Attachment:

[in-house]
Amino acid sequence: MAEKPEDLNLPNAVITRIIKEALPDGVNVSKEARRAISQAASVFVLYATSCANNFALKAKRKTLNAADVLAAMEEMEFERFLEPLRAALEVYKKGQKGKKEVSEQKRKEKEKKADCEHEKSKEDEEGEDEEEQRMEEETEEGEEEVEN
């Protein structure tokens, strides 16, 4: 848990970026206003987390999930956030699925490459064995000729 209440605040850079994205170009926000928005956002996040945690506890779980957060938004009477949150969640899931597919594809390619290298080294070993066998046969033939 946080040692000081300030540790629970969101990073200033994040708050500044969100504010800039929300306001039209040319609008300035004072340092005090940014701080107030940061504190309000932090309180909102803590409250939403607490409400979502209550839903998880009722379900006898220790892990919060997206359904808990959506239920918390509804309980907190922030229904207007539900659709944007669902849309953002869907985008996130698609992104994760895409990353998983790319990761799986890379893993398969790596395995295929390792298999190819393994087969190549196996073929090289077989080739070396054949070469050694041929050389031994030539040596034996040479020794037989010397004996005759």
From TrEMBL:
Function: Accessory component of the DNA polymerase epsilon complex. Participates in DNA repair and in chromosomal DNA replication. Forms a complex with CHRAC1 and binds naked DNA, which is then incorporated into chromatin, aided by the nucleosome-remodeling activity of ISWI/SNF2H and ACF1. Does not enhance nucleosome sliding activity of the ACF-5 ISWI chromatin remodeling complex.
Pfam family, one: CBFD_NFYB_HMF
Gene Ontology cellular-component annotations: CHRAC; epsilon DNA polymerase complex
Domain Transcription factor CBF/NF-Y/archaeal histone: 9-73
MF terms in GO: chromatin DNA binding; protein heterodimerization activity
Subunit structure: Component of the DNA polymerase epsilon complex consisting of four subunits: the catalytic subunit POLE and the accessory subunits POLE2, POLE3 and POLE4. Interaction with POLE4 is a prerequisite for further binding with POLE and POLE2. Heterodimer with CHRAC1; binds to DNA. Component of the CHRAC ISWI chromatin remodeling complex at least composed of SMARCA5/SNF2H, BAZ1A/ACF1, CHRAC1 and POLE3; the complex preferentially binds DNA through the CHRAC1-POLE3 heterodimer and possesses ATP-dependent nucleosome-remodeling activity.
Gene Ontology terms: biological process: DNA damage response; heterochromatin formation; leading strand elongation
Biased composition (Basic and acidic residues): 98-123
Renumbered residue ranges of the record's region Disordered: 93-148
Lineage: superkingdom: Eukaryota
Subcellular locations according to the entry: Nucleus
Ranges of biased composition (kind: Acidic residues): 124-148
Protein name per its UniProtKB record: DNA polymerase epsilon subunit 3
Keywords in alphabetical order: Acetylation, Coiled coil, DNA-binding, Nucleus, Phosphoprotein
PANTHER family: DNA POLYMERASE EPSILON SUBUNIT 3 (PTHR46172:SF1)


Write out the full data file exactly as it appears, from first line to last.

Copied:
[in-house]
Amino acid sequence: MAEKPEDLNLPNAVITRIIKEALPDGVNVSKEARRAISQAASVFVLYATSCANNFALKAKRKTLNAADVLAAMEEMEFERFLEPLRAALEVYKKGQKGKKEVSEQKRKEKEKKADCEHEKSKEDEEGEDEEEQRMEEETEEGEEEVEN
């Protein structure tokens, strides 16, 4: 848990970026206003987390999930956030699925490459064995000729 209440605040850079994205170009926000928005956002996040945690506890779980957060938004009477949150969640899931597919594809390619290298080294070993066998046969033939 946080040692000081300030540790629970969101990073200033994040708050500044969100504010800039929300306001039209040319609008300035004072340092005090940014701080107030940061504190309000932090309180909102803590409250939403607490409400979502209550839903998880009722379900006898220790892990919060997206359904808990959506239920918390509804309980907190922030229904207007539900659709944007669902849309953002869907985008996130698609992104994760895409990353998983790319990761799986890379893993398969790596395995295929390792298999190819393994087969190549196996073929090289077989080739070396054949070469050694041929050389031994030539040596034996040479020794037989010397004996005759």
From TrEMBL:
Function: Accessory component of the DNA polymerase epsilon complex. Participates in DNA repair and in chromosomal DNA replication. Forms a complex with CHRAC1 and binds naked DNA, which is then incorporated into chromatin, aided by the nucleosome-remodeling activity of ISWI/SNF2H and ACF1. Does not enhance nucleosome sliding activity of the ACF-5 ISWI chromatin remodeling complex.
Pfam family, one: CBFD_NFYB_HMF
Gene Ontology cellular-component annotations: CHRAC; epsilon DNA polymerase complex
Domain Transcription factor CBF/NF-Y/archaeal histone: 9-73
MF terms in GO: chromatin DNA binding; protein heterodimerization activity
Subunit structure: Component of the DNA polymerase epsilon complex consisting of four subunits: the catalytic subunit POLE and the accessory subunits POLE2, POLE3 and POLE4. Interaction with POLE4 is a prerequisite for further binding with POLE and POLE2. Heterodimer with CHRAC1; binds to DNA. Component of the CHRAC ISWI chromatin remodeling complex at least composed of SMARCA5/SNF2H, BAZ1A/ACF1, CHRAC1 and POLE3; the complex preferentially binds DNA through the CHRAC1-POLE3 heterodimer and possesses ATP-dependent nucleosome-remodeling activity.
Gene Ontology terms: biological process: DNA damage response; heterochromatin formation; leading strand elongation
Biased composition (Basic and acidic residues): 98-123
Renumbered residue ranges of the record's region Disordered: 93-148
Lineage: superkingdom: Eukaryota
Subcellular locations according to the entry: Nucleus
Ranges of biased composition (kind: Acidic residues): 124-148
Protein name per its UniProtKB record: DNA polymerase epsilon subunit 3
Keywords in alphabetical order: Acetylation, Coiled coil, DNA-binding, Nucleus, Phosphoprotein
PANTHER family: DNA POLYMERASE EPSILON SUBUNIT 3 (PTHR46172:SF1)